Nearly every piece of technological equipment we use in our daily lives requires cooling.
That might be a fan in your PlayStation, coolant fluid in your car radiator, or an air-cooled compressor to manage production tasks and industrial systems at work.
The common question is – do I need a water-cooled or air cooled compressor?
Like every other aspect of an air compressor, you can choose between varying cooling processes, and water-cooled processors also come in a range of options.
If that sounds like a little too much choice, don’t worry – we run through all the ins and outs here to help you make sound decisions!
What Are the Water Cooling Options for an Air Compressor?
First up, let’s recap on those water-cooling options we mentioned above.
Inside a compressor, you’ll find an intercooler and an after-cooler.
Depending on how much compressed air is cooled at once, the more water vapour condenses and the more energy-efficient the compressor.
Here are the three options:
- The water-cooling process is linked to an external water supply and is an open system without any water circulation.
- An open system uses a cooling tower, with water circulating inside.
- The system is closed and has a radiator or external heat exchange function, around which the water circulates.
Water-cooling systems are used because they don’t strain the ventilation system in the compressor room or chamber.
Cooling water absorbs almost 90% of the energy created by the electric motor and so becomes warm in extracting that heat.
How Does an Air Cooled Compressor Work?
The alternative is to opt for an air cooled compressor. An air cooled compressor uses a fan and a radiator rather than using water in an open or closed network.
An air cooled compressor system is often preferable to a water-cooled compressor, given the ease of installation.
It works like this:
- The compressor generates heat as the molecules in the compressed air become hot.
- The air-cooled circuit reduces that heat with a fan and removes the energy to a radiator system.
- Either the heat is released into the atmosphere via an air damper control. Alternatively, a thermostat is used to heat the building.
There are some significant advantages here because heat can be expensive yet is produced as a by-product of air compression.
Businesses can recover the heat lost through an air cooled compressor by harnessing that energy to warm their offices or workshops or power a preheating battery to reduce their energy bills.
Is an Air Cooled Compressor More Cost-Effective Than Water Cooled?
Costs are often a driving factor behind operational efficiencies, so let’s look at how the costs compare for each of these air compressor options!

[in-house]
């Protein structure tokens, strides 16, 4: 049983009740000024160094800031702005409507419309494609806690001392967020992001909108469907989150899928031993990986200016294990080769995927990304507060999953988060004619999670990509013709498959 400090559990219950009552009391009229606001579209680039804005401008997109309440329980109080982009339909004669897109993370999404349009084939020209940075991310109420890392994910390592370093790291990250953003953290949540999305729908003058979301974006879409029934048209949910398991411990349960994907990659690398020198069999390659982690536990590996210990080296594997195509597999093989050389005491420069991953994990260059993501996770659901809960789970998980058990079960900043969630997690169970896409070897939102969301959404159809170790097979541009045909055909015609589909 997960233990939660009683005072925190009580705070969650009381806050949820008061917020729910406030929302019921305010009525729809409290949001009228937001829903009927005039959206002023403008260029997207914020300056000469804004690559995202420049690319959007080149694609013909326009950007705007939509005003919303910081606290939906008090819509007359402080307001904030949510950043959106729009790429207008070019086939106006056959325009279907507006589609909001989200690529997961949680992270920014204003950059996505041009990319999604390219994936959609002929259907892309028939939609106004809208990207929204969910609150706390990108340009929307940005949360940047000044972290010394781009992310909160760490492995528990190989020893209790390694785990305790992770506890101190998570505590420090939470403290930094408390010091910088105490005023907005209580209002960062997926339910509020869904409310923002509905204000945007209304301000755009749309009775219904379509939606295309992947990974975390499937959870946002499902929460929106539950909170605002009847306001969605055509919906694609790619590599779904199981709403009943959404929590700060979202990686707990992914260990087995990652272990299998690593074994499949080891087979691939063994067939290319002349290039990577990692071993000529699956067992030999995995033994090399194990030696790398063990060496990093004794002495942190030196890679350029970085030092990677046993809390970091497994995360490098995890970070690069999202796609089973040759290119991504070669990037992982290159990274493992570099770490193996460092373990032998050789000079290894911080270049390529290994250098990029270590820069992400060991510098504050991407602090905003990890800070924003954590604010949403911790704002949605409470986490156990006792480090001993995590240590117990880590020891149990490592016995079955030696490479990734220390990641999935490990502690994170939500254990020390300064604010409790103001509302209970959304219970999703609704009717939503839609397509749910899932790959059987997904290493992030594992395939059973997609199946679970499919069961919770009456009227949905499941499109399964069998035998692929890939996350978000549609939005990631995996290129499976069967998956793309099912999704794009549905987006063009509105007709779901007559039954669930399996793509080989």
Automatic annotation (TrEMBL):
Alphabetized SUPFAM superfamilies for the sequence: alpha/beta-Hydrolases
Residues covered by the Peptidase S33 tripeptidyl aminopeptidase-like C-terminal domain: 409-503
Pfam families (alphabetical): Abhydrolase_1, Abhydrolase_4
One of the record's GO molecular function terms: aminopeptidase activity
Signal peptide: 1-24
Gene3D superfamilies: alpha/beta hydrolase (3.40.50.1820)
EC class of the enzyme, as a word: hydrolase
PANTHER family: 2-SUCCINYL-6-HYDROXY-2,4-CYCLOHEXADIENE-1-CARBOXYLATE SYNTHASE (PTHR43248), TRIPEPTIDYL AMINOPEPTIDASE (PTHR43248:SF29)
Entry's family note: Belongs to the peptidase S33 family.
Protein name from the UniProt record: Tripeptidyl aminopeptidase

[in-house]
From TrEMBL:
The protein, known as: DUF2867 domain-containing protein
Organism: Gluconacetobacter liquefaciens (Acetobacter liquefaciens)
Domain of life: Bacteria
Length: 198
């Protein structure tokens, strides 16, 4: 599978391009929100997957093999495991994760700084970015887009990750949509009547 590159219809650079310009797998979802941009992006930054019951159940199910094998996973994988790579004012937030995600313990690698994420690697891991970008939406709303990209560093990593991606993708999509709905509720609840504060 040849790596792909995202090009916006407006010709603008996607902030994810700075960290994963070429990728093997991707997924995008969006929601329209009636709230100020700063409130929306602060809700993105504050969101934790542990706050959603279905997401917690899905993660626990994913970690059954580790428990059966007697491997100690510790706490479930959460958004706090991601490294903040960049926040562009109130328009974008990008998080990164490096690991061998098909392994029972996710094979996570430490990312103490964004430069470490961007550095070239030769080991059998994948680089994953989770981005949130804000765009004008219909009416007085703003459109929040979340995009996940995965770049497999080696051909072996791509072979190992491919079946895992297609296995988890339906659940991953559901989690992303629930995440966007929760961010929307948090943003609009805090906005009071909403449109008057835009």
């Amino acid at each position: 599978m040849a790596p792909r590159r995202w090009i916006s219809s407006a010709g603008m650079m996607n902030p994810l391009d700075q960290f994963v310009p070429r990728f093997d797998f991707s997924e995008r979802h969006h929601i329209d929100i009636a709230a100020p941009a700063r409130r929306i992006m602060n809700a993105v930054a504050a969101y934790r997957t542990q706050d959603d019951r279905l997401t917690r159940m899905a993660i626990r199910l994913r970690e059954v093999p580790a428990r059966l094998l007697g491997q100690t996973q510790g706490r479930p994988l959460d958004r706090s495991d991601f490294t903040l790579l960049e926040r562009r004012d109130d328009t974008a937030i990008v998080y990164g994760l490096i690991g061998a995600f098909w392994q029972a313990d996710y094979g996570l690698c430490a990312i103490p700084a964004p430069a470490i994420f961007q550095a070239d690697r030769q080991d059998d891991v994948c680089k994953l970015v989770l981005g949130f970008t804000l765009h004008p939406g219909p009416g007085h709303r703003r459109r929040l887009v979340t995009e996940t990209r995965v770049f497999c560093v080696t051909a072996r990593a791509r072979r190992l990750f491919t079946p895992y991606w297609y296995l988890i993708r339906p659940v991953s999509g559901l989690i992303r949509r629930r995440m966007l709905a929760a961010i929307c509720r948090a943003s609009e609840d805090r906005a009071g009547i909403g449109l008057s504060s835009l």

- Energy: air cooled compressors require more power to operate the fans.
- Utility costs: water-cooled compressors can be expensive due to water treatment, the cost of the water supply and electricity to power the circulation functions.
- Cost recovery: businesses can recover energy costs through either type of compressor. Liquid-cooled compressor water can preheat a boiler, and the heated air from an air cooled compressor can power a fluid exchange heater.
Air cooled compressors are larger and tend to require more space, so businesses in smaller buildings might have an easy decision if they have layout restrictions.
One alternative is to use multiple smaller compressors rather than one large installation if you need a smaller unit or don’t regularly run compression tasks.
However, if you have limited space, a water-cooled compressor may be more suitable.
That said, you would still need to budget for the water supply required, which is usually more expensive.
On balance, it’s all about the processes or tasks you need your compressor to perform and which option is most suitable for those applications.
What Do I Need to Use an Air Cooled Compressor?
The key to remember with an air cooled compressor is that it will produce heat, so good ventilation and airflow are crucial.
Premises without enough ventilation can become extremely hot when running an air cooled compressor if that hot air isn’t being directed elsewhere, which can cause equipment to fail.
Most of the time, ductwork on both sides of the compressor ensures air can disperse throughout the space – or be used to heat the building efficiently.
Air cooled compressors shouldn’t be used anywhere in the building that produces fumes or next to another heat source such as a boiler room.
This space requirement is offset by a more straightforward installation process and cheaper maintenance than a water-cooled alternative.